This article originally appeared on VICE US.
It looks like the explosive tell-all book by President Trump’s niece, Mary Trump, is coming out after all.
On Wednesday evening, a New York State appeals court overturned a lower court judge’s temporary restraining order on the book’s publisher, Simon & Schuster.
The decision, issued just one day after the restraining order was issued, means that the publisher can move forward with the planned release of the book as scheduled later this month.
Mary Trump’s book promises to be a damning takedown of Uncle Donald, judging from descriptions by the publisher and leaked press reports. The book combines Mary’s insider status in the Trump family with her education as a trained clinical psychologist to produce an analysis of Trump’s “fatal flaws.”
President Trump’s younger brother, Robert Trump, is suing to block the release of “Too Much and Never Enough: How My Family Created the World’s Most Dangerous Man.” He argues that Mary is breaking a nondisclosure agreement that she signed two decades ago when settling a legal dispute over the Trump family fortune.
The New York appellate court held that Simon & Schuster shouldn’t be bound, at least for the moment, by any such agreement — even if Mary Trump might be. The publisher has said that thousands of copies have already been printed and shipped, and that it didn’t know about the nondisclosure agreement (NDA) until recently.
“Unlike Ms. Trump, S&S has not agreed to surrender or relinquish any of its First Amendment rights,” Appellate Judge Alan Scheinkman wrote in the ruling released Wednesday evening.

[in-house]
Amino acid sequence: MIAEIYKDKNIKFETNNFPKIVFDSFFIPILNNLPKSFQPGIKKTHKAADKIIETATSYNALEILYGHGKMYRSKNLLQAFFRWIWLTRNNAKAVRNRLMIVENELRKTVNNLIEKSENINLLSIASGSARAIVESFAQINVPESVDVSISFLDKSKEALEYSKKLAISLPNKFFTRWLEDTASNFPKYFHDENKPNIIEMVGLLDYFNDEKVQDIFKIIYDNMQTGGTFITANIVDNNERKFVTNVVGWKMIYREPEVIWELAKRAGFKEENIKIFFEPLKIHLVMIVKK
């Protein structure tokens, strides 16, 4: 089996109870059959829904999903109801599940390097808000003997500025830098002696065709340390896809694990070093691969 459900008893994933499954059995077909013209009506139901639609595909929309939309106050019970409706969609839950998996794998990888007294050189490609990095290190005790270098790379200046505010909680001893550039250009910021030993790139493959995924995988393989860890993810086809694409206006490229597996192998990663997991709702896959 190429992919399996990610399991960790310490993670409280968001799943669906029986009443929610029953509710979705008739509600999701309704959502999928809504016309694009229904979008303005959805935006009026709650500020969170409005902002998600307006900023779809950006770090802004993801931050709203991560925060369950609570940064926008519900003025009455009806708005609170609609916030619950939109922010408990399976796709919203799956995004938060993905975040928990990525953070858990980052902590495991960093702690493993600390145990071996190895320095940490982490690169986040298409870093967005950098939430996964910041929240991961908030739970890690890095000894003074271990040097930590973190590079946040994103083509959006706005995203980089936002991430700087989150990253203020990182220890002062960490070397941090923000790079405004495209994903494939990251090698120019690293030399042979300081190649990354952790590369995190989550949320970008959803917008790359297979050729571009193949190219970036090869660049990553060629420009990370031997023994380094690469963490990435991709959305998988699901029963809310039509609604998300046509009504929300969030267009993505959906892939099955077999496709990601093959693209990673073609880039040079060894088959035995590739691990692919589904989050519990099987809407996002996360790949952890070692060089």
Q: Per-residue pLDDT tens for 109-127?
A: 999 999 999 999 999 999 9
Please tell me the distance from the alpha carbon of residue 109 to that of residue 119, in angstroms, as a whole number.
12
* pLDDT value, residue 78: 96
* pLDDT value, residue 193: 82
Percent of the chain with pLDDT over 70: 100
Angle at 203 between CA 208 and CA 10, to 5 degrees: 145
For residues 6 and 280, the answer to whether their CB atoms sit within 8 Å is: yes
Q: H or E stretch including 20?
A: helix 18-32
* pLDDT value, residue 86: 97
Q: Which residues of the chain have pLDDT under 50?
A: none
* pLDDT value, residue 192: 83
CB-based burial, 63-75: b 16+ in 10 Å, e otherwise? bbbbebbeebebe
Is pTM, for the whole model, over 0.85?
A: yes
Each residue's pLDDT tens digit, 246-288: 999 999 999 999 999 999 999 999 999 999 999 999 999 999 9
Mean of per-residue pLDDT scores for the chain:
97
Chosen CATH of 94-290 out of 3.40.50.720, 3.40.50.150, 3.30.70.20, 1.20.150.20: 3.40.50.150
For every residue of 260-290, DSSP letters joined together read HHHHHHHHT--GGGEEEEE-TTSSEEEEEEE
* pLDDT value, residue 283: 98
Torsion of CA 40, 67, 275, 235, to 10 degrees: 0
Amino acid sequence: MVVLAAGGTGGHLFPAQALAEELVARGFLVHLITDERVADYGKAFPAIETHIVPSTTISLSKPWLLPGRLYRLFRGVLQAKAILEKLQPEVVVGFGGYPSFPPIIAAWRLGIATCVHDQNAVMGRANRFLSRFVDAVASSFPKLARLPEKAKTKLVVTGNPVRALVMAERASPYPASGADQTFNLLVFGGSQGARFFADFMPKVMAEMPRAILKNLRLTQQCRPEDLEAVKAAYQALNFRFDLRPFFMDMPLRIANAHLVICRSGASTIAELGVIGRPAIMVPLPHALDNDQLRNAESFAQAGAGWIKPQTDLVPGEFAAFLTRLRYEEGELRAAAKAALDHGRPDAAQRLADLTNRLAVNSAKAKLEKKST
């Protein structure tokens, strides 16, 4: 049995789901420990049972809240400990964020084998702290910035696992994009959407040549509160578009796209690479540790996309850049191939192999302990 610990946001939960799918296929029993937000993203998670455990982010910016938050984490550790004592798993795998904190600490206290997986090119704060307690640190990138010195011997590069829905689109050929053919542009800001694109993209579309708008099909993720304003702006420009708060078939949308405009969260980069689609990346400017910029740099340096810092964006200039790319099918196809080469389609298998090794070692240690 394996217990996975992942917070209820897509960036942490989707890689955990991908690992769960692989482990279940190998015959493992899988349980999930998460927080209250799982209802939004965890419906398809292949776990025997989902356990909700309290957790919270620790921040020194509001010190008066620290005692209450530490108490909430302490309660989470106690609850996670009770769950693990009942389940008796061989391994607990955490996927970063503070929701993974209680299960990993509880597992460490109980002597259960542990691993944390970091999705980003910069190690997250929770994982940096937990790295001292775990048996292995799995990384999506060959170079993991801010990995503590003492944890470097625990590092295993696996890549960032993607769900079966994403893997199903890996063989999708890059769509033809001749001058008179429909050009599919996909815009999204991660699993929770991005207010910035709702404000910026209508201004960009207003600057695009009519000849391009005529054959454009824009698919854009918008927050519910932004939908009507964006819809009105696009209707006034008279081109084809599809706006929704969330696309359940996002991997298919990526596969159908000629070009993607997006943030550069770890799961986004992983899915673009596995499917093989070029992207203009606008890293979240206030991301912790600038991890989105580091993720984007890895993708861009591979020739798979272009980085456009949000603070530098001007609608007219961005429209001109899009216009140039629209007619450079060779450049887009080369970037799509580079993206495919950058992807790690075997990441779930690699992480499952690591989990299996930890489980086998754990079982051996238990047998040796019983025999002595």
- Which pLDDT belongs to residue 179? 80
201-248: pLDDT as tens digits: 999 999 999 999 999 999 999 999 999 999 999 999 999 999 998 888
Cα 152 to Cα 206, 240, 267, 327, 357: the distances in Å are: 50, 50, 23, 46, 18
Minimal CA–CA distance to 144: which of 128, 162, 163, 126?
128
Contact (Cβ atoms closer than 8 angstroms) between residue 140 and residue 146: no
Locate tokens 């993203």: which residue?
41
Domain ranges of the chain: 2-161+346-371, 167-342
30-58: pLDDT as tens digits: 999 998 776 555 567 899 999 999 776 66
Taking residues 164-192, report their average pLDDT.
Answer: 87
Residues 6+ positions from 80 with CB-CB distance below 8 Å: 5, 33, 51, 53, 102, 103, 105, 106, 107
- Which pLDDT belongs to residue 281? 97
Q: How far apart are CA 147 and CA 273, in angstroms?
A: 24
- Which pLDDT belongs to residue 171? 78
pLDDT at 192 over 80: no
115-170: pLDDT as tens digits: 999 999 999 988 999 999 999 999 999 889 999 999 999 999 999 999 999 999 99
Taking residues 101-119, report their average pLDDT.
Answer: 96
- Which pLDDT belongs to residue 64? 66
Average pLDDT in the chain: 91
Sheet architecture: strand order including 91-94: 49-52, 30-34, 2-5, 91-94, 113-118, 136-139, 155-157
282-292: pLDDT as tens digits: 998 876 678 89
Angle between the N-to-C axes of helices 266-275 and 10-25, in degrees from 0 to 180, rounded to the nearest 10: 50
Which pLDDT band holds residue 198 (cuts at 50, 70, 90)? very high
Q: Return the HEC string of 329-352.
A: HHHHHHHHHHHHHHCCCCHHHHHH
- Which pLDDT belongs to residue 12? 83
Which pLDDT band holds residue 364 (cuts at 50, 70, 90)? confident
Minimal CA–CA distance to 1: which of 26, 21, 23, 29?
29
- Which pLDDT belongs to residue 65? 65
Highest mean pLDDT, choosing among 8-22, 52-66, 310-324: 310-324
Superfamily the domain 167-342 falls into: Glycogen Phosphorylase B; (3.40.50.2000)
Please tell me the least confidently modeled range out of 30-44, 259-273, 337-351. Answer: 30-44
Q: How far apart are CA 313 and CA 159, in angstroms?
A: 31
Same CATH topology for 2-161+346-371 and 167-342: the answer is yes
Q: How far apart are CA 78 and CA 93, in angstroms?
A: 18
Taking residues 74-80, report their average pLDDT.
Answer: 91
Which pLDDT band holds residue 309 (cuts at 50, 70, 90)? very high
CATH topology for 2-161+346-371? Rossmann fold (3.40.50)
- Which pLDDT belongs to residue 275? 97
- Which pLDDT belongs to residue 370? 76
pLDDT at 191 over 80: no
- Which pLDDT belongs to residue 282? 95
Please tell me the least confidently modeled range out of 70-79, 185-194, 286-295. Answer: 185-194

The higher court left some big questions unanswered, however. It didn't reach a definitive conclusion about whether Mary Trump was violating her NDA by writing the book in the first place.
And it left a glimmer of hope for Robert Trump. The ruling noted that the lower court’s consideration of the matter is still underway, and said that while the publisher should not be pinned down a nondisclosure agreement signed by someone else, further consideration by the lower court might eventually turn up reason to conclude otherwise.
So, we can expect the fierce legal wrangling to continue over the fate of the book — and the fate of Mary Trump, in the event that she’s found to have broken her promise not to speak out about her famous family.
Still, the publisher hailed the victory.
“We are gratified with the Appellate Court’s decision to overturn the Temporary Restraining Order issued by the lower court against Simon & Schuster,” the publisher said in a statement. “We support Mary L. Trump’s right to tell her story in ‘Too Much and Never Enough.’”
Mary Trump’s lawyer, Theodore Boutrous Jr., praised the ruling as “very good news,” adding, “We look forward to filing our brief tomorrow in the trial court explaining why the same result is required as to Ms. Trump, based on the First Amendment and basic contract law.”
Mary Trump’s book has been billed as combining insider horror stories about the Trump family with expert-level psychological analysis of the president’s mental quirks.
“She describes a nightmare of traumas, destructive relationships, and a tragic combination of neglect and abuse,” the publisher said. “Mary L. Trump, a trained clinical psychologist and Donald’s only niece, shines a bright light on the dark history of their family in order to explain how her uncle became the man who now threatens the world’s health, economic security, and social fabric.”
Cover: President Donald Trump walks on the South Lawn after arriving on Marine One at the White House, Thursday, June 25, 2020, in Washington. (AP Photo/Alex Brandon)